Less than a week after the two major NewsCorp-owned outlets on the Northern Rivers lost their websites and redirected readers via The Daily Telegraph (TDT), sister publications in Queensland announced almost the opposite.
Mackay’s Daily Mercury (DM) and the Sunshine Coast Daily (SCD) plan to reappear in curated weekly print come August, DM editor Rae Wilson confirmed on Monday.
Both papers were part of the same group of regional newspapers NewsCorp bought in 2016 that included The Northern Star, based near Lismore, and Tweed Daily News, as well as several other Northern Rivers’ weekly and bi-weekly papers.
The controversial media merger required permission from the Australian Competition and Consumer Commission, which had earlier expressed concern the deal could lessen news competition.
Old ACCC fears of metro consumption of regional news realised
Ultimately, the ACCC found in favour of the NewsCorp expansion, even though it meant two regional collections of newspapers the company now owned in Queensland overlapped in some areas.
The ACCC seemed more concerned with a potential regional versus metro conflict at NewsCorp.
Australian Regional Media’s paid daily regional papers, which included those on the Northern Rivers, focused mostly on regional and local news and there was little overlap with The Courier Mail (CM) which focused on greater-Brisbane, state, and national news, the ACCC said when explaining its approval of NewsCorp’s takeover.
Earlier this month, NewsCorp ditched separate websites for the former ARM publications, redirecting readers to regional news via CM in Brisbane and TDT in Sydney.
NewsCorp’s idea of regional news commitment: stop printing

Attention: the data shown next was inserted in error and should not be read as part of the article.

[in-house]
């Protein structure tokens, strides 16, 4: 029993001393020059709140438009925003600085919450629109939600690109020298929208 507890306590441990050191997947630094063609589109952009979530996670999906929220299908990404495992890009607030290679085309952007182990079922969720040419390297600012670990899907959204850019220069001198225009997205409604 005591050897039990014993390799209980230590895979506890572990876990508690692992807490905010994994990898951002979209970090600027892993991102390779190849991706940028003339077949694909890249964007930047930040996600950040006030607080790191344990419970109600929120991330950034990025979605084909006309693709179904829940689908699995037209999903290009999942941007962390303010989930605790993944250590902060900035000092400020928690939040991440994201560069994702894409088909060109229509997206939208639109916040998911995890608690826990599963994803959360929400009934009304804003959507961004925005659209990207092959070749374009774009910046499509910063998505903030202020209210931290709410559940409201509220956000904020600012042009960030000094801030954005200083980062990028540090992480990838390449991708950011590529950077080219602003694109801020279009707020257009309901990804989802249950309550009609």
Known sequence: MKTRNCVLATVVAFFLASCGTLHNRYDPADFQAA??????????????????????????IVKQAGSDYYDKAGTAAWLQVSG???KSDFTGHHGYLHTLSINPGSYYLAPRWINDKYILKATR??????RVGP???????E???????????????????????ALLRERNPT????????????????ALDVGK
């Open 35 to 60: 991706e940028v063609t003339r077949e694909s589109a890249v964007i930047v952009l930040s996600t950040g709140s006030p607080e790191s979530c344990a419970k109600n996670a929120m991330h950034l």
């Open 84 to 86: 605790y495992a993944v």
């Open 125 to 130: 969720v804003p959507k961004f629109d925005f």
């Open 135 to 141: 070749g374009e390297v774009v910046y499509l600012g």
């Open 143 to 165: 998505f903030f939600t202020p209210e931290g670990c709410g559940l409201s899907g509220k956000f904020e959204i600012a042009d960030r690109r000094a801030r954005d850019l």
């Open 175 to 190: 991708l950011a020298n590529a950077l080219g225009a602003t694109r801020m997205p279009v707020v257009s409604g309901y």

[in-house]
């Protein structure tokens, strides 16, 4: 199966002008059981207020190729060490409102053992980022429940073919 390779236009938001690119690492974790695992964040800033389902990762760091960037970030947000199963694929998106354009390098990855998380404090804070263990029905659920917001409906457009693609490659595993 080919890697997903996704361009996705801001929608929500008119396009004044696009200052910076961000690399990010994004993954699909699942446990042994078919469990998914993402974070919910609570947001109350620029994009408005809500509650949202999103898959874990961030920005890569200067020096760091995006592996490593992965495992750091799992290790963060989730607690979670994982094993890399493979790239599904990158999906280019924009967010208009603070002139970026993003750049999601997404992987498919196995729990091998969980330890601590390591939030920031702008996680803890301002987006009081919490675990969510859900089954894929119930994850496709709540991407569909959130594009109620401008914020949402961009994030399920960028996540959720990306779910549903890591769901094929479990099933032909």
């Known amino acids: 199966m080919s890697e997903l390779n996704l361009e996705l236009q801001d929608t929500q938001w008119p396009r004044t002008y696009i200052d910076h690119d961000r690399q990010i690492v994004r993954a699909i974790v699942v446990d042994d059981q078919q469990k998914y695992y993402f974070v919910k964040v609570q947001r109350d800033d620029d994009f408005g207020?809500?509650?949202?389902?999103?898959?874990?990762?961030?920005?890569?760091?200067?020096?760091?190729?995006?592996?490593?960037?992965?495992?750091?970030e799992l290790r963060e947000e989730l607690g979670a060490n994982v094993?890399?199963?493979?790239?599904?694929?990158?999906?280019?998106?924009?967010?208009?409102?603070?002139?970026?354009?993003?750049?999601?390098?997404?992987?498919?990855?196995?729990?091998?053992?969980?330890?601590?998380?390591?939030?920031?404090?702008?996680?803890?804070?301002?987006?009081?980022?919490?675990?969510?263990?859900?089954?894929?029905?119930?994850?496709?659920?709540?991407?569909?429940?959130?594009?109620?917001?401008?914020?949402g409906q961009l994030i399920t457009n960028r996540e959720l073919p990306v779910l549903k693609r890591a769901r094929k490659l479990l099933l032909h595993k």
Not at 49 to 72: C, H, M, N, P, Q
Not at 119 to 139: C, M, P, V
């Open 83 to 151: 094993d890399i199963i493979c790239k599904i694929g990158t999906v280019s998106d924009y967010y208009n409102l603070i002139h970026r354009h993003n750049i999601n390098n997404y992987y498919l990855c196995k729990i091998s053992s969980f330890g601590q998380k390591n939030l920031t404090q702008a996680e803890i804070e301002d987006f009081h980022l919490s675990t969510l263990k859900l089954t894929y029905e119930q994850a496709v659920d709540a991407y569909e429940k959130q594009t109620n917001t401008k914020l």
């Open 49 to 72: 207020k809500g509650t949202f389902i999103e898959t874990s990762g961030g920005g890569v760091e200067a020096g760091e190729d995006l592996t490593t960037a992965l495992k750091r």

The commission also said consumer and advertiser research showed newspaper sales were declining in general as readers went online.
NewsCorp executive chairman Michael Miller spoke at the time of the company’s commitment to regional news, saying Newscorp invested in local communities and provided ‘leadership and connection to the issues that matter’.
But company execs decided to stop printing the former ARM papers in June last year, forcing anyone wanting to access local regional news outside the ABC and a handful of smaller independent non-daily print outlets like The Echo to take out paid online subscriptions.
The move effectively stopped readers from the ability to ‘pick up a paper from the shops’ and thereby engage intermittently with local news, let alone catch up on news older than a day via a weekend paper at the kitchen table instead of having to trawl through web pages on a computer device.
Local government representatives such as Tweed Mayor Chris Cherry also spoke of the significance of print for communicating with older people, who make up a large demographic cohort in many regional areas including the Tweed Shire.
daily ‘mouse clicks’ to drive weekly print news content
Late last week DM’s editor wrote to subscribers saying she had ‘some great news to share’.
‘The Daily Mercury’s beloved print edition will be revived in a weekly publication that brings you the news of the week in that tactile manner so many of you love,’ Ms Wilson wrote, adding that the resumption of print, albeit in a smaller-scale form, was made possible through subscribers’ continued support of the publication’s journalism.
Ms Wilson said NewsCorp was launching a regional print resumption trial in August.
A new DM weekly printed edition would be published at a local NewsCorp owned printing press in Mackay on Fridays and available to buy around the Mackay region, Ms Wilson said.
‘It will carry the best of our local stories told throughout the week,’ the editor wrote, ‘what’s happening in our courts, our council, business openings and closures, sport, and your community stories filled with heart’.
Ms Wilson said the selection of news stories would be made based on daily ‘mouse clicks’ and speaking to The Echo later, said it was too early to elaborate on the curation process.
She said the decision to return to print had been made in response to calls from readers and advertisers but couldn’t confirm how long NewsCorp would continue the trial.
Her email to subscribers said DM would continue to be a ‘digital-first news outlet’ operating in the 24-hour news cycle.
It also promised to feature an eight-page TV guide and puzzles in the former daily’s new weekend print edition.
Former long-time journalist at The Northern Star and Tweed Daily News, Aisling Brennan, announced her shift from Northern Rivers’ news to regional news in Queensland via the Sunshine Coast Daily on Monday through social media, with reference to the anticipated weekly print edition.